1. Overview of the human rights and democracy situation
Trinidad and Tobago is a parliamentary democracy. In 2019, gender equity, the fight against gender-based violence (GBV) and LGBTI rights remained at the forefront of civil society engagement. After pressure from various domestic and international stakeholders, the government issued temporary registration cards for Venezuelan nationals entering Trinidad & Tobago (T&T), which are valid for up to one year. At the end of the year, the government decriminalised the possession of marijuana. This Bill is expected to positively affect the situation of persons who are either on remand or convicted of minor marijuana-related offences; thus reducing the number of inmates in the prisons, which are in problematic condition.
2. EU action – key focus areas
3. EU bilateral political engagements and their impact
On the political level, the EU delegation engaged with local authorities on human rights through a demarche, encouraging T&T to vote on numerous resolutions, which related to several human rights topics presented to the 74th UNGA Third Committee.
Throughout 2019, the EU delegation actively promoted the EU’s human rights priorities by organizing several public diplomacy activities that mainly focused on children's rights, GBV as well as prisoners' rights and the death penalty. For instance, to celebrate the 30th anniversary of the United Nations Convention on the Rights of the Child (UNCRC), the 2019 edition of the annual Let's Talk TT campaign focused on youth. In collaboration with the British High Commission, secondary school students were encouraged to use song, dance, drama, art, spoken word, or any other creative expression to convey their views on gender equality.
The EU Delegation also organised its 2nd annual online Photo/Art Competition. As a component of the event, young people were encouraged to submit entries to the competition under the theme 'For Every Child Every Right,' in order to raise awareness of the 30th Anniversary of the UNCRC.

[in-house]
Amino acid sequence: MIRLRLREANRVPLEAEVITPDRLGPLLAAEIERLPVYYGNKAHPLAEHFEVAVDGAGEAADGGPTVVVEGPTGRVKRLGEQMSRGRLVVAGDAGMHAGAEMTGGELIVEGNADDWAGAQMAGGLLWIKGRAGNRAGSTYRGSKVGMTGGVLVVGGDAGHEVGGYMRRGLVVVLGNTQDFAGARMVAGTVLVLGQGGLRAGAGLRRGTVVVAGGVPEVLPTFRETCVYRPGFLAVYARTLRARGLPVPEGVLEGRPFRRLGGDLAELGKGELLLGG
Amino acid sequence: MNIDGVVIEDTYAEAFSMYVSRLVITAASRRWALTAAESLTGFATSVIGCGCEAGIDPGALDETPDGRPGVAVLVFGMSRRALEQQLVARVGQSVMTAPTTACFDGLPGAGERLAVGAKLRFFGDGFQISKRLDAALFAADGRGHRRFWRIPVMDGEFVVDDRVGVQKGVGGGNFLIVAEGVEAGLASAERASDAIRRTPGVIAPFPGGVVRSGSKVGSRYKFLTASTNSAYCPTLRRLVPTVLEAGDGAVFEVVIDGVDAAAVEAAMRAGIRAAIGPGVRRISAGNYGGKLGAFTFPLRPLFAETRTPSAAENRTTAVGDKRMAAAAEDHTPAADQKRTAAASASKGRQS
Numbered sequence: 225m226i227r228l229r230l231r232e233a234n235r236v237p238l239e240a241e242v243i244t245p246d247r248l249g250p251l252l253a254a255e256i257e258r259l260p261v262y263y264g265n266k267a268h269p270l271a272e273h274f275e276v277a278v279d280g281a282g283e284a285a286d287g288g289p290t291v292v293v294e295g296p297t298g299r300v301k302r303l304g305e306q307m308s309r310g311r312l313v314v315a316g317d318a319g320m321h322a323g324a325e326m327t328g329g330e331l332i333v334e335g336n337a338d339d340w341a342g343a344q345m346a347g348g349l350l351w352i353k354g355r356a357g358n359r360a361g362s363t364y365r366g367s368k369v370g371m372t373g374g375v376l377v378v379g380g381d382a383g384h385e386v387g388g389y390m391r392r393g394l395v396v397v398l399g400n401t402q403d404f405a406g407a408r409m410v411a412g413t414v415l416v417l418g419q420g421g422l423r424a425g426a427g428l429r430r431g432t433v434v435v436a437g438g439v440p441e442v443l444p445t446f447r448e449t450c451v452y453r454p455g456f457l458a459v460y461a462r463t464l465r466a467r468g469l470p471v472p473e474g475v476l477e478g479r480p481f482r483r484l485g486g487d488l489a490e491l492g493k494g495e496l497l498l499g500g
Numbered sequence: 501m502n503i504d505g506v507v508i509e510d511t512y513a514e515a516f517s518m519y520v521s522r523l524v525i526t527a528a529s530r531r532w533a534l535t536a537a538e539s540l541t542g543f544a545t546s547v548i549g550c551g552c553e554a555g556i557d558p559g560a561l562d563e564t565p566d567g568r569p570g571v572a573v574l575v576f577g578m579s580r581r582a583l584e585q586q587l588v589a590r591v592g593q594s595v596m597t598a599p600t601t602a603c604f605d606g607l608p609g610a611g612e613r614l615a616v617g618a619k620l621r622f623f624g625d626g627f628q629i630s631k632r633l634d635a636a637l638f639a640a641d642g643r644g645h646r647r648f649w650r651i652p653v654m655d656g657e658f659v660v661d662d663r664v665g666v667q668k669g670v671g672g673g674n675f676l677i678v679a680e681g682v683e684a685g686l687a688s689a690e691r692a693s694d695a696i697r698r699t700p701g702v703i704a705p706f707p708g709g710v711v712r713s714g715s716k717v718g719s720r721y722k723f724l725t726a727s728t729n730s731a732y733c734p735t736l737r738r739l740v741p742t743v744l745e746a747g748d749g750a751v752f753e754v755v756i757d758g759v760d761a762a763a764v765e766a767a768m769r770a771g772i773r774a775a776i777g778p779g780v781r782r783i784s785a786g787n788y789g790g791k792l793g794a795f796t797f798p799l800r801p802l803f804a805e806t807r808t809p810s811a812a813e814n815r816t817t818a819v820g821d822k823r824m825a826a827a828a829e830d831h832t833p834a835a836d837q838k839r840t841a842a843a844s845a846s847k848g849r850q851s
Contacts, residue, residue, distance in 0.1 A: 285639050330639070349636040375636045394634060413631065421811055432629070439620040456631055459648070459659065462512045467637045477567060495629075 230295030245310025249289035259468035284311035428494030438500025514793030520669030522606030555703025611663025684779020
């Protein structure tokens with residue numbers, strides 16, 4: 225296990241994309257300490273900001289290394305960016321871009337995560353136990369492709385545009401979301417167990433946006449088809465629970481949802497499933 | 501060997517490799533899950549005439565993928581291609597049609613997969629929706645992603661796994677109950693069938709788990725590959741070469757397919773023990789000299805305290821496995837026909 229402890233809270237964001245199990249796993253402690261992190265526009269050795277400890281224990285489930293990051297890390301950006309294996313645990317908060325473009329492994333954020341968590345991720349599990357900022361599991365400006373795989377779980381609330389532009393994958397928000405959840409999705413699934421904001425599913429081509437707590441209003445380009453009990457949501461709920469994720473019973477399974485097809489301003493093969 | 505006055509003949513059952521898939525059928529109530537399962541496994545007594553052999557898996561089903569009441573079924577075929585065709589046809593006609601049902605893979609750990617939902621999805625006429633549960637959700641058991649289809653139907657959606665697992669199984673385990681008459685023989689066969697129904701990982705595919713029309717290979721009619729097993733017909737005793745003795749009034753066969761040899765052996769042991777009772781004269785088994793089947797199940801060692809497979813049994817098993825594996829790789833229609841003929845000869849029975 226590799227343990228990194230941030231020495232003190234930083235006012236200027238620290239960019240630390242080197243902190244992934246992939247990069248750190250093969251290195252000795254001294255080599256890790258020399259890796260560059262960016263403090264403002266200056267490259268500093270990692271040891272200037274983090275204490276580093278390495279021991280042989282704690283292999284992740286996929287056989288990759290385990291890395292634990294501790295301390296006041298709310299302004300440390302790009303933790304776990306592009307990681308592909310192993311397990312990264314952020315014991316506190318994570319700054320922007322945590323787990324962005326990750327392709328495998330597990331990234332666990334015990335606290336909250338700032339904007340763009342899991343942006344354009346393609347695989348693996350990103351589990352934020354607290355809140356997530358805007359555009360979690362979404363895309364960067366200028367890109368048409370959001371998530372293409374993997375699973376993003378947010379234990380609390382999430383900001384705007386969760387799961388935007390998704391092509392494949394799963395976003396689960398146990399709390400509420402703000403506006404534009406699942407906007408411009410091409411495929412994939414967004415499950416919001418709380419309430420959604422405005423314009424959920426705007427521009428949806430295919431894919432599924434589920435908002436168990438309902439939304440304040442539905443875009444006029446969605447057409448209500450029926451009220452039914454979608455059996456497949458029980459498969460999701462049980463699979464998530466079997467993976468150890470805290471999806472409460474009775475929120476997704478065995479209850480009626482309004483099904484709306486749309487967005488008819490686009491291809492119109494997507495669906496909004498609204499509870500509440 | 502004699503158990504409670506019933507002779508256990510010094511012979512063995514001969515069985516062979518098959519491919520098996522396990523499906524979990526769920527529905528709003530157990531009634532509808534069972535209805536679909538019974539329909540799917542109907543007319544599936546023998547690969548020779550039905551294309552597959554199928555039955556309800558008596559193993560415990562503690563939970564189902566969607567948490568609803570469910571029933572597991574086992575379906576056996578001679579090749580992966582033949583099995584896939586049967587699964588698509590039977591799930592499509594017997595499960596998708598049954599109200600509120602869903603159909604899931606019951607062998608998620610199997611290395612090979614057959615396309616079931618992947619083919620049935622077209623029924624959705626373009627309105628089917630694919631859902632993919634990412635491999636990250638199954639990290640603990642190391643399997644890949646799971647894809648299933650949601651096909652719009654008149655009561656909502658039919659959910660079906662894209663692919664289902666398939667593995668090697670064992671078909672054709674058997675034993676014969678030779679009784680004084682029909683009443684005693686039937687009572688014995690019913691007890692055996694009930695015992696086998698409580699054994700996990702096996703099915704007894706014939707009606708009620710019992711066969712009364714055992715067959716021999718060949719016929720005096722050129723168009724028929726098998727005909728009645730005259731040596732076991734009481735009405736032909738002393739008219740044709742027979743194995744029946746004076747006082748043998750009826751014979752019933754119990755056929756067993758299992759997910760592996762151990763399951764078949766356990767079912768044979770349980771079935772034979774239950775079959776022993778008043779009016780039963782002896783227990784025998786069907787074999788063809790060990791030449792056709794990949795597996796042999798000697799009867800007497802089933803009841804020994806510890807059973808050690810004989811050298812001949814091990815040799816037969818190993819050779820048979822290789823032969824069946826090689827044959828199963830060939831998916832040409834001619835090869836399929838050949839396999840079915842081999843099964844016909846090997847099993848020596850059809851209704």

Another public diplomacy event directly related to the UNCRC was a primary school mural art project. The aim of this campaign was to raise awareness of the UNCRC and the need to protect and care for children. In collaboration with the Children's Authority of Trinidad and Tobago (CA), the project saw students across T&T create and present to the media powerful murals on the rights of the child. These murals will remain on public display at the offices of the CA.
Together with Embassy of Spain and the Coalition against Domestic Violence, the EU delegation organized a public dialogue on domestic violence. The objective was to encourage dialogue and policy reform on the issues of GBV, as well as to support the works of CSOs and to educate the public on this topic.
The EU delegation together with the Canadian High Commission organized a Prisoners' Rights Dialogue in order to raise awareness about prison conditions and encourage a restorative approach to justice and incarceration rather than a punitive one.
On the occasion of the World Day Against the Death Penalty, the EU Delegation together with the Catholic Commission for Social Justice organized a panel discussion "Children, Unseen victims of the Death Penalty". The aim of this discussion was to support advocacy for the elimination of the death penalty in T&T.
4. EU financial engagements and their impact